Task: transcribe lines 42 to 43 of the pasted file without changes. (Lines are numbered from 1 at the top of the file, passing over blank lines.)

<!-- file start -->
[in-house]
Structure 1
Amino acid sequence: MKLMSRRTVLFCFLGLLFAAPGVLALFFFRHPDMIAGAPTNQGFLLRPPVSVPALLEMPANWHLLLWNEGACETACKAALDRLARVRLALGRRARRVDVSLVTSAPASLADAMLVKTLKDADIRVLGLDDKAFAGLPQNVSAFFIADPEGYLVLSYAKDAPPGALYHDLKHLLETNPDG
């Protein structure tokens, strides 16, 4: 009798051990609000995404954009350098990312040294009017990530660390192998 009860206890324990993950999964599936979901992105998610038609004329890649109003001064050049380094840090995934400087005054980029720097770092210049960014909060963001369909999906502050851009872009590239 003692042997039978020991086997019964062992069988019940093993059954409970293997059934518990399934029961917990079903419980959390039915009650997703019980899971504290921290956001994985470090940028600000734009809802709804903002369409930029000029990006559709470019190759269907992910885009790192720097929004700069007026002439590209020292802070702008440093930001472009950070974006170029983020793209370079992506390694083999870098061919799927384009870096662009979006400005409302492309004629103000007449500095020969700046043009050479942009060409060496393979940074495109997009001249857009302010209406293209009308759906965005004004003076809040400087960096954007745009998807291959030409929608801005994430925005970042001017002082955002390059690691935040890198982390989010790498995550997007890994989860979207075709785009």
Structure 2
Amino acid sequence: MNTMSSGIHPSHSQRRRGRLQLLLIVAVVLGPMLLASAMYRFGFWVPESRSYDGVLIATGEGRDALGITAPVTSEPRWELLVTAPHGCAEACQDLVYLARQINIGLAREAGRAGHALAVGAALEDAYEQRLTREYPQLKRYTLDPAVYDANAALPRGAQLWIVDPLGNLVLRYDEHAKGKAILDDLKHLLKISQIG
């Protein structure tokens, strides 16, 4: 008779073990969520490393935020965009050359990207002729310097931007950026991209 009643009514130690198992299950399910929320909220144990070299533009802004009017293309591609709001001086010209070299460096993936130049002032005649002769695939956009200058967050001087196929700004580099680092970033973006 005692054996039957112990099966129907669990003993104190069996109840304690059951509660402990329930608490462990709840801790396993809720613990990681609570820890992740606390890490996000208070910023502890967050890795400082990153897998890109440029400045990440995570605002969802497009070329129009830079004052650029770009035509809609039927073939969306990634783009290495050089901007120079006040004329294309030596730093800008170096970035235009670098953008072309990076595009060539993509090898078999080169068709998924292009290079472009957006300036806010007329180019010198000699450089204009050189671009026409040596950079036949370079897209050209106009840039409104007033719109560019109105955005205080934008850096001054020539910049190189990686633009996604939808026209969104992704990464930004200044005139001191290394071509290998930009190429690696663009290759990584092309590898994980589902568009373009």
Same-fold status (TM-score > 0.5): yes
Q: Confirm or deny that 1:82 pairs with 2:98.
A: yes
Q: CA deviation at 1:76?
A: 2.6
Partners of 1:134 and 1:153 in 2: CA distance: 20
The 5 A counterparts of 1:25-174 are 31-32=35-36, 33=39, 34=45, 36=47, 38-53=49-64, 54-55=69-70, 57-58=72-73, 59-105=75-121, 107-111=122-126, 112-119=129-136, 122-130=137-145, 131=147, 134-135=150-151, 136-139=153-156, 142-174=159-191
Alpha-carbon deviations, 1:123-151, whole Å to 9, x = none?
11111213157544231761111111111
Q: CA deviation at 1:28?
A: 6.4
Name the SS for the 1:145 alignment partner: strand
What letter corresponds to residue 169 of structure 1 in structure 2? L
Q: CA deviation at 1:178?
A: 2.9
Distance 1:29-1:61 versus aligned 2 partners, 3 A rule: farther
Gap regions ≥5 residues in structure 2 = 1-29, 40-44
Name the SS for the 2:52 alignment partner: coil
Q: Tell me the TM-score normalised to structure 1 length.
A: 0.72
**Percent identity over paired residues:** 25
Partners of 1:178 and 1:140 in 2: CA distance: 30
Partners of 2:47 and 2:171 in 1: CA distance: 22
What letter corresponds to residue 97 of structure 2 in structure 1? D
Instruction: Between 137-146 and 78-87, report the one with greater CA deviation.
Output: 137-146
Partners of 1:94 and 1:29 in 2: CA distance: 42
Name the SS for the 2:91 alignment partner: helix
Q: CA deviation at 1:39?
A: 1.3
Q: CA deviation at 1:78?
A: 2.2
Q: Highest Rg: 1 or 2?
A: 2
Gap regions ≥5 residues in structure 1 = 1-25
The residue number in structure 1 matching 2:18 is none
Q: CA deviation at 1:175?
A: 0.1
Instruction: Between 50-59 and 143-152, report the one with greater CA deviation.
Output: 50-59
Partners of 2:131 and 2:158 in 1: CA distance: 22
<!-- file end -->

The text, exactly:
Gap regions ≥5 residues in structure 1 = 1-25
The residue number in structure 1 matching 2:18 is none